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Passive amplification of periodic images based on self-imaging

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Consider a periodic distribution of images. Is it possible, in coherent optics, to arbitrarily modify the period of the pattern without loss of energy and without changing the shape of the individual images? While the Talbot (or self-imaging) effect allows only an entire division of the period, we have demonstrated a generalization of this effect, enabling arbitrary control of the period of the images. Since the process is loss-less, it also allows the passive amplification of images.

Talbot effect is a remarkable effect in classical optics. Suppose a periodic repetition of patterns (i.e. a grating) is shined with a plane wave. Then at specific distances from the grating plane, exact images of the individual patterns reappear, but with a periodicity equal to a sub-multiple of the input grating one. Then, the density of patterns in a Talbot plane is always larger than in the input plane. Because Talbot effect is essentially a loss-less process, the intensity of the Talbot images is also a sub-multiple of the input one. Here we propose a generalized version of self-imaging, that enables to create diffraction-induced self-images of a periodic two-dimensional (2D) waveform with arbitrary control of the image spatial periods. Through the proposed scheme, the periods of the output self-image are multiples of the input ones by any desired integer or fractional factor, and they can be controlled independently across each of the two wave dimensions. The concept involves conditioning the phase profile of the input periodic wave before free-space diffraction. The wave energy is fundamentally preserved through the self-imaging process, enabling, for instance, the possibility of the passive amplification of the periodic patterns in the wave by a purely diffractive effect, without the use of any active gain.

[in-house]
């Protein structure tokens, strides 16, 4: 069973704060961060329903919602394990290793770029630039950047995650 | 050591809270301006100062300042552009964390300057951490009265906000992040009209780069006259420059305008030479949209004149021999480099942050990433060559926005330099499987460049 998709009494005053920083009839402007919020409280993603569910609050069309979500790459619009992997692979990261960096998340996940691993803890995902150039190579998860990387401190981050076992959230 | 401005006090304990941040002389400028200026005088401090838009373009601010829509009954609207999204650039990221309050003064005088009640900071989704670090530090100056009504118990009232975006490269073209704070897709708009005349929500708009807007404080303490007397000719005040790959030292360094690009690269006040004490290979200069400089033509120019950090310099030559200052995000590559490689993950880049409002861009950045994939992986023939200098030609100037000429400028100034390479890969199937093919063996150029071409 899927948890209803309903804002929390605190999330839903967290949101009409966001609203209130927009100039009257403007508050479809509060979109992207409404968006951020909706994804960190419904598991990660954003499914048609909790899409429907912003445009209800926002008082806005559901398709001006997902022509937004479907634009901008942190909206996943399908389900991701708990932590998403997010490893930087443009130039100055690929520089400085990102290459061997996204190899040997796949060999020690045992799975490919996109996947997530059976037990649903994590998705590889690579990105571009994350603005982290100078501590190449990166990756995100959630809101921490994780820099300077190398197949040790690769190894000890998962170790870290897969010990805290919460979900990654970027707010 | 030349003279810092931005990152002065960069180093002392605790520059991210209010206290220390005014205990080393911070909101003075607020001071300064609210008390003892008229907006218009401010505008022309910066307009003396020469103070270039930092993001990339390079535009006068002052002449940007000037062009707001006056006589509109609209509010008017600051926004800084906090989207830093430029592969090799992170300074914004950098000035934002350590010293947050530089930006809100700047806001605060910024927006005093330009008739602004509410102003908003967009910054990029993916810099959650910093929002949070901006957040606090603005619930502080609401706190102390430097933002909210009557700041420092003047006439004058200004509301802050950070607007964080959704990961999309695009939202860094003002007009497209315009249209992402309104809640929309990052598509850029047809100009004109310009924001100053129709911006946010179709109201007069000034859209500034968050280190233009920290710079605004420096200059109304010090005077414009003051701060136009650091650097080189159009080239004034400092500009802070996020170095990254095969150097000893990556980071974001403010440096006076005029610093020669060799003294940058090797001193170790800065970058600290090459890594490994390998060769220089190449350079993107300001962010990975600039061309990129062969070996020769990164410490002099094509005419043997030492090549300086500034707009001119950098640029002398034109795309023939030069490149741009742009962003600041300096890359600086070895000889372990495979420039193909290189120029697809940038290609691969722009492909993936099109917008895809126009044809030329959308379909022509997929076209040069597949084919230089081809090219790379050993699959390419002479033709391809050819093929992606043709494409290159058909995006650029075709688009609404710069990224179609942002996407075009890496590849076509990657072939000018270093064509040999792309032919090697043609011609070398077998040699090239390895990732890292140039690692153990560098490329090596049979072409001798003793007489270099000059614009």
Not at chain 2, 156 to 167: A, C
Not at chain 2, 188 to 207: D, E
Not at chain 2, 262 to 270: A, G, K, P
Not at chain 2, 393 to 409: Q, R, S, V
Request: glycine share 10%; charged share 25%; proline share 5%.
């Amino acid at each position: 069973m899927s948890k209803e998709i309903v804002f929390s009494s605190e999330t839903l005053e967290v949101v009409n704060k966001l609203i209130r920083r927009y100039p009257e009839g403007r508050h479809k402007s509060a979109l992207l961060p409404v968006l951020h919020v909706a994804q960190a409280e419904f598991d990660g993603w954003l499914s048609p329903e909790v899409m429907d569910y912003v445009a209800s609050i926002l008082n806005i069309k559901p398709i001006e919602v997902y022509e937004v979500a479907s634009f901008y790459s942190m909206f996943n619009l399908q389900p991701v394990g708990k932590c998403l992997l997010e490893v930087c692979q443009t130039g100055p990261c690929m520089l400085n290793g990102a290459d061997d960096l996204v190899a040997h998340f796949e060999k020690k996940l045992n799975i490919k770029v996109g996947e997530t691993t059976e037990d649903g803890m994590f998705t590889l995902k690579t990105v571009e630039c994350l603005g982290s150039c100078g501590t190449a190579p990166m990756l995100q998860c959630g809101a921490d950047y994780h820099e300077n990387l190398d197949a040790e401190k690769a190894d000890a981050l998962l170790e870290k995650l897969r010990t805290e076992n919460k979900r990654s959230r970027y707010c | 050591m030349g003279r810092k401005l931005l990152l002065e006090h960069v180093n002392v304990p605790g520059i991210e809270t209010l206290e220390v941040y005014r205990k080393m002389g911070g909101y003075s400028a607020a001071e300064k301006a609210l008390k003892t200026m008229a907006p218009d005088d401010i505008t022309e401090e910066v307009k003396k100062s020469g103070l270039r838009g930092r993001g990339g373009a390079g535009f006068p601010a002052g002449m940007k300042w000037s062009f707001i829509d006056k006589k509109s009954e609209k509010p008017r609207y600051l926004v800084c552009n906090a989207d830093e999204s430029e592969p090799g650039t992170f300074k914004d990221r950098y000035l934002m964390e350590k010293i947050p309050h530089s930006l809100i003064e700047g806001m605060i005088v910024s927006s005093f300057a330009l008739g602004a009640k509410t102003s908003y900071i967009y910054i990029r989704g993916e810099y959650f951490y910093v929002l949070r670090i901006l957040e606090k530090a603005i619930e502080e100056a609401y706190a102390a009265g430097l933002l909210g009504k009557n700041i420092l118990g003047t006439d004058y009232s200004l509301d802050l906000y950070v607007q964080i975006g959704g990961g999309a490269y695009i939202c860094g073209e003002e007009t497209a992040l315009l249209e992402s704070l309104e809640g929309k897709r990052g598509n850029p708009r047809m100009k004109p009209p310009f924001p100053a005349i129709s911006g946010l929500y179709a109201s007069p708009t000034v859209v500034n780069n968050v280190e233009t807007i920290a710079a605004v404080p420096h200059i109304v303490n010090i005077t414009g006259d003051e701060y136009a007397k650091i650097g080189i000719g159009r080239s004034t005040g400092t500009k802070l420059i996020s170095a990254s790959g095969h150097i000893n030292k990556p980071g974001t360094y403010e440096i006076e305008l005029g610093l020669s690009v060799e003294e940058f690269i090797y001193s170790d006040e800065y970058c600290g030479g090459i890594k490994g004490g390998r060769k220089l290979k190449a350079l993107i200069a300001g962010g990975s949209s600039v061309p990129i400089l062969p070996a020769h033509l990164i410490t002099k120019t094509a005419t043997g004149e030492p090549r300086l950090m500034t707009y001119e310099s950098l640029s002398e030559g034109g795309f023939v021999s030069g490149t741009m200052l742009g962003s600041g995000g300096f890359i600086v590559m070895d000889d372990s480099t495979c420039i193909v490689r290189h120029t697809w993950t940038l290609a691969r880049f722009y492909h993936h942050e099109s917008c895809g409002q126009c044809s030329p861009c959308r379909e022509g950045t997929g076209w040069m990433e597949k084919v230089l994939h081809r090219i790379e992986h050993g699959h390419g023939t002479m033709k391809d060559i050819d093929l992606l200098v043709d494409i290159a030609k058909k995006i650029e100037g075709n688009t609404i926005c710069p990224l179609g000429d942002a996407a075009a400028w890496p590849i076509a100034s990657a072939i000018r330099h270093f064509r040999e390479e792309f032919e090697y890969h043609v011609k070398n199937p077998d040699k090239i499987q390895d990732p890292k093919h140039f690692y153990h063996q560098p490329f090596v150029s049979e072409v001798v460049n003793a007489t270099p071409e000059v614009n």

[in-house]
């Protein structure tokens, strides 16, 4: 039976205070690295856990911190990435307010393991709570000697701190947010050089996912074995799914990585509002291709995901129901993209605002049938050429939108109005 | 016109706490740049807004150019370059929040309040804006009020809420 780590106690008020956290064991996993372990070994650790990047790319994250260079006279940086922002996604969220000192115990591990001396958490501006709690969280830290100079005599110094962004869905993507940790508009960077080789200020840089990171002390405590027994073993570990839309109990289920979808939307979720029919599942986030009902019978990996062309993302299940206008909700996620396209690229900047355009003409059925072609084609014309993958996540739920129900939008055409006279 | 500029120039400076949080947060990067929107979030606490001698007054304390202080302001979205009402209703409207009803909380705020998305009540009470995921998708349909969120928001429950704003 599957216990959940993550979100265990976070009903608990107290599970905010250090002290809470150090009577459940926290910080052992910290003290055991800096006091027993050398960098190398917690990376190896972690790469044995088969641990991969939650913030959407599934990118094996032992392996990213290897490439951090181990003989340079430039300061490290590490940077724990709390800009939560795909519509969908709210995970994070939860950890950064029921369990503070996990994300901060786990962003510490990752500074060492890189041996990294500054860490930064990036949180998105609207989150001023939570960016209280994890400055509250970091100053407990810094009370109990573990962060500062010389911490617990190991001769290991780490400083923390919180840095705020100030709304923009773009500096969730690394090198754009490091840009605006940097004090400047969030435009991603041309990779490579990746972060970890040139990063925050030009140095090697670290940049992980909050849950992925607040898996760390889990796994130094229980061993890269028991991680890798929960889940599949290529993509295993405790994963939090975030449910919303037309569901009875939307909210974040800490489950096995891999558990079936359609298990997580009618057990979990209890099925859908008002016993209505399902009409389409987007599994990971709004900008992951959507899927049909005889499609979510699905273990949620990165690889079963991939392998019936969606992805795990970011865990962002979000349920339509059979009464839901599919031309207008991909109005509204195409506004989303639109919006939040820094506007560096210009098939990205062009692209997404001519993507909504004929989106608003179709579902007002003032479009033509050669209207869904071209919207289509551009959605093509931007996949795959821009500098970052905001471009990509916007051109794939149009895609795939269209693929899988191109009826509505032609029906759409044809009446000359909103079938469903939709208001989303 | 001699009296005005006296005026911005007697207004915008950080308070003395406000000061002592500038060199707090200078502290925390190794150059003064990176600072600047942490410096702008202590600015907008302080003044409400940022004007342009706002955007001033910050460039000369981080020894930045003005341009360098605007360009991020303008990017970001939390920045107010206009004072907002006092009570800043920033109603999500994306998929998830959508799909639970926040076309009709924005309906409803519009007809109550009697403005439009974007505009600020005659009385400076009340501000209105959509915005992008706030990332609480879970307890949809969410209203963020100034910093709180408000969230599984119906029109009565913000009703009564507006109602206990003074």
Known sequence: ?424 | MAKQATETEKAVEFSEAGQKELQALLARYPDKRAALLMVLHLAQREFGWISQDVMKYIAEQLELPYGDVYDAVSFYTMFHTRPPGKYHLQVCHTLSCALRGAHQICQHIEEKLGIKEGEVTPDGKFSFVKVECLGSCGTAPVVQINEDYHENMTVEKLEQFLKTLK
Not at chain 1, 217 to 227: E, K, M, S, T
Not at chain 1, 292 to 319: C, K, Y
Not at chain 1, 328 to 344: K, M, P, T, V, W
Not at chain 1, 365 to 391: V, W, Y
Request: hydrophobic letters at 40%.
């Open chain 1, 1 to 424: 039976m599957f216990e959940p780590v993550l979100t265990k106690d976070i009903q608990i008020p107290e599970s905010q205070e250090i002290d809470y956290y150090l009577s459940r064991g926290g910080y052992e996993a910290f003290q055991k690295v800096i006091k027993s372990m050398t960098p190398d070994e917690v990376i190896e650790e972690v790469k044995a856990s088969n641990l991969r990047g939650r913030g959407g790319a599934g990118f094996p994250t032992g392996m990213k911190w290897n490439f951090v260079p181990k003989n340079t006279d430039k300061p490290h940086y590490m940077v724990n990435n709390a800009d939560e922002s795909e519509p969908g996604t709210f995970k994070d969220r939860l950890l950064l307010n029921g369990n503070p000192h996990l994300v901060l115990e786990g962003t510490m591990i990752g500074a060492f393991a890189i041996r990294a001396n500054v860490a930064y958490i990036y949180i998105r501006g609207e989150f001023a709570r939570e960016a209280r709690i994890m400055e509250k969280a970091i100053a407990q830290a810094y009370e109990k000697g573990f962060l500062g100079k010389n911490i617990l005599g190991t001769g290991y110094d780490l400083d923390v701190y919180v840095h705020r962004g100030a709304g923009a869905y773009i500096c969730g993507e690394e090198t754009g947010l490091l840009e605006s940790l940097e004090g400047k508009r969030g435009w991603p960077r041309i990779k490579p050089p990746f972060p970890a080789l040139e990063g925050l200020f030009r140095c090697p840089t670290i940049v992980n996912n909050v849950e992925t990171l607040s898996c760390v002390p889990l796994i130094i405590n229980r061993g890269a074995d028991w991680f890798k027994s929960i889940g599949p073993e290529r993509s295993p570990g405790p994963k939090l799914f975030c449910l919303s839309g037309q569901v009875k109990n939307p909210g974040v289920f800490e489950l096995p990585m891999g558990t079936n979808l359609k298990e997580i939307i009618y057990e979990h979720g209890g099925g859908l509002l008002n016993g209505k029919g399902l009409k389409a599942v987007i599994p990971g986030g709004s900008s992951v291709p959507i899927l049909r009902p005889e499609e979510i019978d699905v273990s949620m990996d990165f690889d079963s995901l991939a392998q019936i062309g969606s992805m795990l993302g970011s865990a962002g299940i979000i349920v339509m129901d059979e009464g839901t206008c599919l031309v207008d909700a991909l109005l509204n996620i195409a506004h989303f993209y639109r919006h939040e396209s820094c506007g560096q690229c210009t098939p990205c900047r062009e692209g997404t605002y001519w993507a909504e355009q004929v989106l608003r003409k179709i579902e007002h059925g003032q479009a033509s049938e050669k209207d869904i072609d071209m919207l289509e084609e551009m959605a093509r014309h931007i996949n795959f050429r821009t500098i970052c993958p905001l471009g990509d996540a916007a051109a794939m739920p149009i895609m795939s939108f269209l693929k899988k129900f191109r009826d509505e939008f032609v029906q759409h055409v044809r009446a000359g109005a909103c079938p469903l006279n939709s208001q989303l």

These results have been published in Phys. Rev. Lett.